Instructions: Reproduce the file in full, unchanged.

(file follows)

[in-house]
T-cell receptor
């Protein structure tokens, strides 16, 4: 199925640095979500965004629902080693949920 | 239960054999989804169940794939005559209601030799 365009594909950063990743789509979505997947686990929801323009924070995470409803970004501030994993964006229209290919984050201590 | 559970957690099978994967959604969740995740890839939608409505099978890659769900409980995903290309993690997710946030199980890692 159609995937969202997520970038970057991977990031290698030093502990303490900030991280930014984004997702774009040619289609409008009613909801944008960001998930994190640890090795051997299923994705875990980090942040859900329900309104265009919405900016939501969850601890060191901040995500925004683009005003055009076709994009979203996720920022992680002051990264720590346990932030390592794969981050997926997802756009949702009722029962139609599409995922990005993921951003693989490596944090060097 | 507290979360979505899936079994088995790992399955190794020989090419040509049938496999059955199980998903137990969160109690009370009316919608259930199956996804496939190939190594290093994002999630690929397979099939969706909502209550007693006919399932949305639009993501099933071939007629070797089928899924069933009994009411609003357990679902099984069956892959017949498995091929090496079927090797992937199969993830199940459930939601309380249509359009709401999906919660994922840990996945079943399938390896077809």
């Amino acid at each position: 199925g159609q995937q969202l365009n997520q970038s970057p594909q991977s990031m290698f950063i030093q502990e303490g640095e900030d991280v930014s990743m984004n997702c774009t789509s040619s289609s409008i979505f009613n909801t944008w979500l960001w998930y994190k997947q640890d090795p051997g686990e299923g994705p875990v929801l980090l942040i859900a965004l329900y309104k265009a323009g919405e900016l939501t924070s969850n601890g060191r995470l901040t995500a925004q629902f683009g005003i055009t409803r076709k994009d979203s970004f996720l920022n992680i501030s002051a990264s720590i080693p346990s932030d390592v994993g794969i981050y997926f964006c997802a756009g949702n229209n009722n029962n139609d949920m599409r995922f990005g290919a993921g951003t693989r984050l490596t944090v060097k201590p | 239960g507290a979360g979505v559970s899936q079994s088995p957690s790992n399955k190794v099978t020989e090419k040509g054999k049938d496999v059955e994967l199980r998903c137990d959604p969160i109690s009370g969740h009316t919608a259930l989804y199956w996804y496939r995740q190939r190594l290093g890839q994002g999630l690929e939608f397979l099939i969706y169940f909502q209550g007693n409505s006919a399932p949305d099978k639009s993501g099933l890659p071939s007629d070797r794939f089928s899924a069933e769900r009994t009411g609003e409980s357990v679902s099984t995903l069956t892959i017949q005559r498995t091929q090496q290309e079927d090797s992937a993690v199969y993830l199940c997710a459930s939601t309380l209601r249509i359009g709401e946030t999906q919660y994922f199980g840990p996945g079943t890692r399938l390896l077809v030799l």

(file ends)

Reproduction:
[in-house]
T-cell receptor
């Protein structure tokens, strides 16, 4: 199925640095979500965004629902080693949920 | 239960054999989804169940794939005559209601030799 365009594909950063990743789509979505997947686990929801323009924070995470409803970004501030994993964006229209290919984050201590 | 559970957690099978994967959604969740995740890839939608409505099978890659769900409980995903290309993690997710946030199980890692 159609995937969202997520970038970057991977990031290698030093502990303490900030991280930014984004997702774009040619289609409008009613909801944008960001998930994190640890090795051997299923994705875990980090942040859900329900309104265009919405900016939501969850601890060191901040995500925004683009005003055009076709994009979203996720920022992680002051990264720590346990932030390592794969981050997926997802756009949702009722029962139609599409995922990005993921951003693989490596944090060097 | 507290979360979505899936079994088995790992399955190794020989090419040509049938496999059955199980998903137990969160109690009370009316919608259930199956996804496939190939190594290093994002999630690929397979099939969706909502209550007693006919399932949305639009993501099933071939007629070797089928899924069933009994009411609003357990679902099984069956892959017949498995091929090496079927090797992937199969993830199940459930939601309380249509359009709401999906919660994922840990996945079943399938390896077809």
């Amino acid at each position: 199925g159609q995937q969202l365009n997520q970038s970057p594909q991977s990031m290698f950063i030093q502990e303490g640095e900030d991280v930014s990743m984004n997702c774009t789509s040619s289609s409008i979505f009613n909801t944008w979500l960001w998930y994190k997947q640890d090795p051997g686990e299923g994705p875990v929801l980090l942040i859900a965004l329900y309104k265009a323009g919405e900016l939501t924070s969850n601890g060191r995470l901040t995500a925004q629902f683009g005003i055009t409803r076709k994009d979203s970004f996720l920022n992680i501030s002051a990264s720590i080693p346990s932030d390592v994993g794969i981050y997926f964006c997802a756009g949702n229209n009722n029962n139609d949920m599409r995922f990005g290919a993921g951003t693989r984050l490596t944090v060097k201590p | 239960g507290a979360g979505v559970s899936q079994s088995p957690s790992n399955k190794v099978t020989e090419k040509g054999k049938d496999v059955e994967l199980r998903c137990d959604p969160i109690s009370g969740h009316t919608a259930l989804y199956w996804y496939r995740q190939r190594l290093g890839q994002g999630l690929e939608f397979l099939i969706y169940f909502q209550g007693n409505s006919a399932p949305d099978k639009s993501g099933l890659p071939s007629d070797r794939f089928s899924a069933e769900r009994t009411g609003e409980s357990v679902s099984t995903l069956t892959i017949q005559r498995t091929q090496q290309e079927d090797s992937a993690v199969y993830l199940c997710a459930s939601t309380l209601r249509i359009g709401e946030t999906q919660y994922f199980g840990p996945g079943t890692r399938l390896l077809v030799l």